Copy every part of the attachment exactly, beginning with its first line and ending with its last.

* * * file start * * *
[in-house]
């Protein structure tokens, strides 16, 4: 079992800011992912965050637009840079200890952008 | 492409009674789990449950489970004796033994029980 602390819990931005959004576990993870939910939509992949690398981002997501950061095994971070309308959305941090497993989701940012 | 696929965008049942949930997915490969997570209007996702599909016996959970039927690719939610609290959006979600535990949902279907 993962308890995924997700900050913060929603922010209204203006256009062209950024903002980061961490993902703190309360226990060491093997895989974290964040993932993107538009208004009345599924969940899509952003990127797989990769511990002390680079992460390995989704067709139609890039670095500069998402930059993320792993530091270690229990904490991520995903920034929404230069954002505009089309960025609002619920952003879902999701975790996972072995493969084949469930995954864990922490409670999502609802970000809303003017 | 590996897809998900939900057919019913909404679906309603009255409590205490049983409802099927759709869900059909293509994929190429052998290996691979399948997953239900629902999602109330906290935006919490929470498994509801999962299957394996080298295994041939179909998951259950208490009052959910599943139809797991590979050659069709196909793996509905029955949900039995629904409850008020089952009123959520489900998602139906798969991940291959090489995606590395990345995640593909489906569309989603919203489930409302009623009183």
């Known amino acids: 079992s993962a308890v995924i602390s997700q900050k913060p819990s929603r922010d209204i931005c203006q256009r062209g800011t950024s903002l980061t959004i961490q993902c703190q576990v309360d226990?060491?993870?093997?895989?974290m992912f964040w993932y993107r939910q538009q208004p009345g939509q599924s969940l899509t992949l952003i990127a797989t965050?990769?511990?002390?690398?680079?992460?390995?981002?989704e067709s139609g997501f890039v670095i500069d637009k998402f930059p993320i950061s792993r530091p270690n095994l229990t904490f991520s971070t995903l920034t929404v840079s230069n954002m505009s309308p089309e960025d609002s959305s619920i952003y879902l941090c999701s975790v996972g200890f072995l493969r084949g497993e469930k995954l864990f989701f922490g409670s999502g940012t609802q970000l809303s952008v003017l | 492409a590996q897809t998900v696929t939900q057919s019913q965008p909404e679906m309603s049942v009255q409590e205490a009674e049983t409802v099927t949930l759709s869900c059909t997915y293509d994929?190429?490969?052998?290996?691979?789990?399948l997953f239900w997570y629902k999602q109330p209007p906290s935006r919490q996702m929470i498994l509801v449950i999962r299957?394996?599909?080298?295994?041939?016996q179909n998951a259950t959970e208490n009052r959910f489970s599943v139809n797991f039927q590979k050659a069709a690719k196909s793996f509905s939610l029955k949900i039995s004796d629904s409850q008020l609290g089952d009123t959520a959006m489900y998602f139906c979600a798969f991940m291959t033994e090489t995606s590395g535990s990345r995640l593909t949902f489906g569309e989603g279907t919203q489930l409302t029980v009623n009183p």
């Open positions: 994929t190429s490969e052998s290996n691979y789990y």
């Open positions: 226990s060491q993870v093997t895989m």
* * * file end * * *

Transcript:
[in-house]
């Protein structure tokens, strides 16, 4: 079992800011992912965050637009840079200890952008 | 492409009674789990449950489970004796033994029980 602390819990931005959004576990993870939910939509992949690398981002997501950061095994971070309308959305941090497993989701940012 | 696929965008049942949930997915490969997570209007996702599909016996959970039927690719939610609290959006979600535990949902279907 993962308890995924997700900050913060929603922010209204203006256009062209950024903002980061961490993902703190309360226990060491093997895989974290964040993932993107538009208004009345599924969940899509952003990127797989990769511990002390680079992460390995989704067709139609890039670095500069998402930059993320792993530091270690229990904490991520995903920034929404230069954002505009089309960025609002619920952003879902999701975790996972072995493969084949469930995954864990922490409670999502609802970000809303003017 | 590996897809998900939900057919019913909404679906309603009255409590205490049983409802099927759709869900059909293509994929190429052998290996691979399948997953239900629902999602109330906290935006919490929470498994509801999962299957394996080298295994041939179909998951259950208490009052959910599943139809797991590979050659069709196909793996509905029955949900039995629904409850008020089952009123959520489900998602139906798969991940291959090489995606590395990345995640593909489906569309989603919203489930409302009623009183």
């Known amino acids: 079992s993962a308890v995924i602390s997700q900050k913060p819990s929603r922010d209204i931005c203006q256009r062209g800011t950024s903002l980061t959004i961490q993902c703190q576990v309360d226990?060491?993870?093997?895989?974290m992912f964040w993932y993107r939910q538009q208004p009345g939509q599924s969940l899509t992949l952003i990127a797989t965050?990769?511990?002390?690398?680079?992460?390995?981002?989704e067709s139609g997501f890039v670095i500069d637009k998402f930059p993320i950061s792993r530091p270690n095994l229990t904490f991520s971070t995903l920034t929404v840079s230069n954002m505009s309308p089309e960025d609002s959305s619920i952003y879902l941090c999701s975790v996972g200890f072995l493969r084949g497993e469930k995954l864990f989701f922490g409670s999502g940012t609802q970000l809303s952008v003017l | 492409a590996q897809t998900v696929t939900q057919s019913q965008p909404e679906m309603s049942v009255q409590e205490a009674e049983t409802v099927t949930l759709s869900c059909t997915y293509d994929?190429?490969?052998?290996?691979?789990?399948l997953f239900w997570y629902k999602q109330p209007p906290s935006r919490q996702m929470i498994l509801v449950i999962r299957?394996?599909?080298?295994?041939?016996q179909n998951a259950t959970e208490n009052r959910f489970s599943v139809n797991f039927q590979k050659a069709a690719k196909s793996f509905s939610l029955k949900i039995s004796d629904s409850q008020l609290g089952d009123t959520a959006m489900y998602f139906c979600a798969f991940m291959t033994e090489t995606s590395g535990s990345r995640l593909t949902f489906g569309e989603g279907t919203q489930l409302t029980v009623n009183p």
């Open positions: 994929t190429s490969e052998s290996n691979y789990y």
């Open positions: 226990s060491q993870v093997t895989m």